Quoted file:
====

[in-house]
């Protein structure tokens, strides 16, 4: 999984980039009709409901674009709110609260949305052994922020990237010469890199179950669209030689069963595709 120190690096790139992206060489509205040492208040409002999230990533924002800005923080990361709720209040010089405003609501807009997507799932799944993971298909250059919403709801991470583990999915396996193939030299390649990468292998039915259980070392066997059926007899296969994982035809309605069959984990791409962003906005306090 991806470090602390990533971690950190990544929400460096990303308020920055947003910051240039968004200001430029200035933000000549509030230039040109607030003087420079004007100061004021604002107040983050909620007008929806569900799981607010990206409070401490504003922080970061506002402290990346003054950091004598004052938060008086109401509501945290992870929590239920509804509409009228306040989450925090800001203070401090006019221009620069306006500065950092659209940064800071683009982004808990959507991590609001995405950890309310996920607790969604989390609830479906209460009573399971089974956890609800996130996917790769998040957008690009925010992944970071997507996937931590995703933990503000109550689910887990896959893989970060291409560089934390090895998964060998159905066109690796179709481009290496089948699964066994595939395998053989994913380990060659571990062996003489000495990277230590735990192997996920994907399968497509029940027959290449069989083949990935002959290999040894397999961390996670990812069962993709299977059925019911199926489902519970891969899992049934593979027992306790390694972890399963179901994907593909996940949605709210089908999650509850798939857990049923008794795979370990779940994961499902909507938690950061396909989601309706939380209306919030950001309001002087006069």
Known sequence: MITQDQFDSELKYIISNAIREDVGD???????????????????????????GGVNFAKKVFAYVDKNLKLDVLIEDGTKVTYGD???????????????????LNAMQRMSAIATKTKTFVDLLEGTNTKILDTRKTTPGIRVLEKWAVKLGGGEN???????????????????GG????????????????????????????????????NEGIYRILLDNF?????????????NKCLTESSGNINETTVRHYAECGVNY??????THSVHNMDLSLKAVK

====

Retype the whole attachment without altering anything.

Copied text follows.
[in-house]
């Protein structure tokens, strides 16, 4: 999984980039009709409901674009709110609260949305052994922020990237010469890199179950669209030689069963595709 120190690096790139992206060489509205040492208040409002999230990533924002800005923080990361709720209040010089405003609501807009997507799932799944993971298909250059919403709801991470583990999915396996193939030299390649990468292998039915259980070392066997059926007899296969994982035809309605069959984990791409962003906005306090 991806470090602390990533971690950190990544929400460096990303308020920055947003910051240039968004200001430029200035933000000549509030230039040109607030003087420079004007100061004021604002107040983050909620007008929806569900799981607010990206409070401490504003922080970061506002402290990346003054950091004598004052938060008086109401509501945290992870929590239920509804509409009228306040989450925090800001203070401090006019221009620069306006500065950092659209940064800071683009982004808990959507991590609001995405950890309310996920607790969604989390609830479906209460009573399971089974956890609800996130996917790769998040957008690009925010992944970071997507996937931590995703933990503000109550689910887990896959893989970060291409560089934390090895998964060998159905066109690796179709481009290496089948699964066994595939395998053989994913380990060659571990062996003489000495990277230590735990192997996920994907399968497509029940027959290449069989083949990935002959290999040894397999961390996670990812069962993709299977059925019911199926489902519970891969899992049934593979027992306790390694972890399963179901994907593909996940949605709210089908999650509850798939857990049923008794795979370990779940994961499902909507938690950061396909989601309706939380209306919030950001309001002087006069």
Known sequence: MITQDQFDSELKYIISNAIREDVGD???????????????????????????GGVNFAKKVFAYVDKNLKLDVLIEDGTKVTYGD???????????????????LNAMQRMSAIATKTKTFVDLLEGTNTKILDTRKTTPGIRVLEKWAVKLGGGEN???????????????????GG????????????????????????????????????NEGIYRILLDNF?????????????NKCLTESSGNINETTVRHYAECGVNY??????THSVHNMDLSLKAVK